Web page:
“Sometimes I wonder what things would have been like if I’d stayed,” said Persephone softly. “How our life together would have been different if we’d taken our time instead of jumping into things.”

It was the very question Henry himself had spent countless years pondering. “Happier,” he said. “Full.”

“Maybe,” she whispered. “Maybe not.”

She leaned in closer until Henry could see the hint of green in her blue eyes. He had never noticed it before, and it struck him as odd that only now, long after everything between them had ended, would she allow him close enough to do so.

“You deserve someone who matches you,” whispered Persephone. “What happened between us wasn’t your fault. We’re two different people, and no matter how strongly you’ve convinced yourself that I’m your one and only, it means nothing when you’re not mine.”

He was no one’s one and only. He had long learned to accept that. “Are you truly happy with Adonis?”

Persephone’s eyes seemed to illuminate in the dim room, and she smiled. “When I wake up and the first thing I see is his face, I know it’s going to be a great day. That isn’t going to change no matter how much time passes.”

He gently brushed her hair from her eyes, mesmerized by their glow. Was this how he looked when he was with Kate? “Do you ever regret leaving?”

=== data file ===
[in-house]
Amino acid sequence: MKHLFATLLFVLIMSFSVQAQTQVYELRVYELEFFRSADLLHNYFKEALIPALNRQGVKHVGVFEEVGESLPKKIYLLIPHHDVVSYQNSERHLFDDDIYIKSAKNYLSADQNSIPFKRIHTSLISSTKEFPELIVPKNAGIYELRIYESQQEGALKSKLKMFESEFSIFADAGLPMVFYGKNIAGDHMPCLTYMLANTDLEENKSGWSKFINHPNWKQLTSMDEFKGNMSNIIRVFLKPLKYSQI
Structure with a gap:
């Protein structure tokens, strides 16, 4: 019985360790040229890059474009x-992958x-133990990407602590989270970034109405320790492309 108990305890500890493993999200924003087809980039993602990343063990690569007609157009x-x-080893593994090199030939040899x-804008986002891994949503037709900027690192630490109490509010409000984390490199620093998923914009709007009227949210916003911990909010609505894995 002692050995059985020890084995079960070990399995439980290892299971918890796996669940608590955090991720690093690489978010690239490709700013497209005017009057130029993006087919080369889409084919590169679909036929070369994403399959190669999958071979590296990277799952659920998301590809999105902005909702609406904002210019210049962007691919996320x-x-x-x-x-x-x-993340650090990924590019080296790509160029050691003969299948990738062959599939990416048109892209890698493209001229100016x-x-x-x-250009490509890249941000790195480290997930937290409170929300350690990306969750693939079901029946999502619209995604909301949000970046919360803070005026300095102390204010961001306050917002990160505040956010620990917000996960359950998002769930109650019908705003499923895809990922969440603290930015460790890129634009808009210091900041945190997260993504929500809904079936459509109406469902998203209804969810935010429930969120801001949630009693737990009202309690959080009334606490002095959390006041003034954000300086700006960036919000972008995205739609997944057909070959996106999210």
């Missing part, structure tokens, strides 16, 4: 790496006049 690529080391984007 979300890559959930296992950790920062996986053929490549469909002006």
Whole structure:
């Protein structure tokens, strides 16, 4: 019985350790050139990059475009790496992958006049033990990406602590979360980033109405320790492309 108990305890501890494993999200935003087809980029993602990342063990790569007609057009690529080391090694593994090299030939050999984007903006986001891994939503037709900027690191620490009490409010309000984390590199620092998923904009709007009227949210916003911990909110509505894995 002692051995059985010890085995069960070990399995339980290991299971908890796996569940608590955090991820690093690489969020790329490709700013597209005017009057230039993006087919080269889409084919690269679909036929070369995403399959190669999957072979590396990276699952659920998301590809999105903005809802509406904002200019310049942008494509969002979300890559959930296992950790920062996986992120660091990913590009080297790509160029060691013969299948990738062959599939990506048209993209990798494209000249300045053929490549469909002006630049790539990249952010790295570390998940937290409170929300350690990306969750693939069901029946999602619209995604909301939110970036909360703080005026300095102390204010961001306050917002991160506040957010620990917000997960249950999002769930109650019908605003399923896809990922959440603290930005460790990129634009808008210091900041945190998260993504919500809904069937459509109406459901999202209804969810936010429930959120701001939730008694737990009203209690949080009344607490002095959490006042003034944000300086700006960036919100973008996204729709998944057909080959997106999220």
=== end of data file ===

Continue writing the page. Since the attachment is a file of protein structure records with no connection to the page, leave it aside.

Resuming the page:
She laced her fingers in his free hand. “Sometimes. I miss the sun—the real thing, not the one in my afterlife. I miss my mother. I miss our family. I miss the seasons. I miss change.” She pressed her soft lips to his knuckles. “Sometimes I even miss you. Adonis is lucky. He’s like every other soul—he doesn’t fully realize what’s going on or that the world around him is fake. I do, and sometimes that’s enough to make a difference.”

Henry was still for a long moment. Perhaps that was the solution. He could give Persephone her life back. He could not restore her to the goddess she had once been, but he could fill in the parts of her life that she missed. In return, she could step in and take Kate’s place, helping him rule the Underworld. Not as his wife, and she would go home to Adonis each night, but he wouldn’t have to fade. He wouldn’t have to leave Kate, not completely. He could watch from a distance, knowing she was happy. Knowing she was still alive and away from the danger he brought.

Henry hesitantly touched Persephone’s cheek. This was madness, but he didn’t care about the pain of having her at his side once more, so long as Kate was alive and happy elsewhere. Kate would never leave him though, not on her own. Not without a reason. He knew how she felt about her sister, the inadequacy and self-loathing, the insecurity, the jealous. Persephone was the perfect weapon, the perfect way to push Kate to safety, and Henry hated himself for it. But it had to be done.

“You could come back,” he whispered, and Persephone gave him a pitiful smile.

“What about Kate? You wouldn’t do that to her. I know you better than that. You might have her fooled, but I can tell how you feel about her.”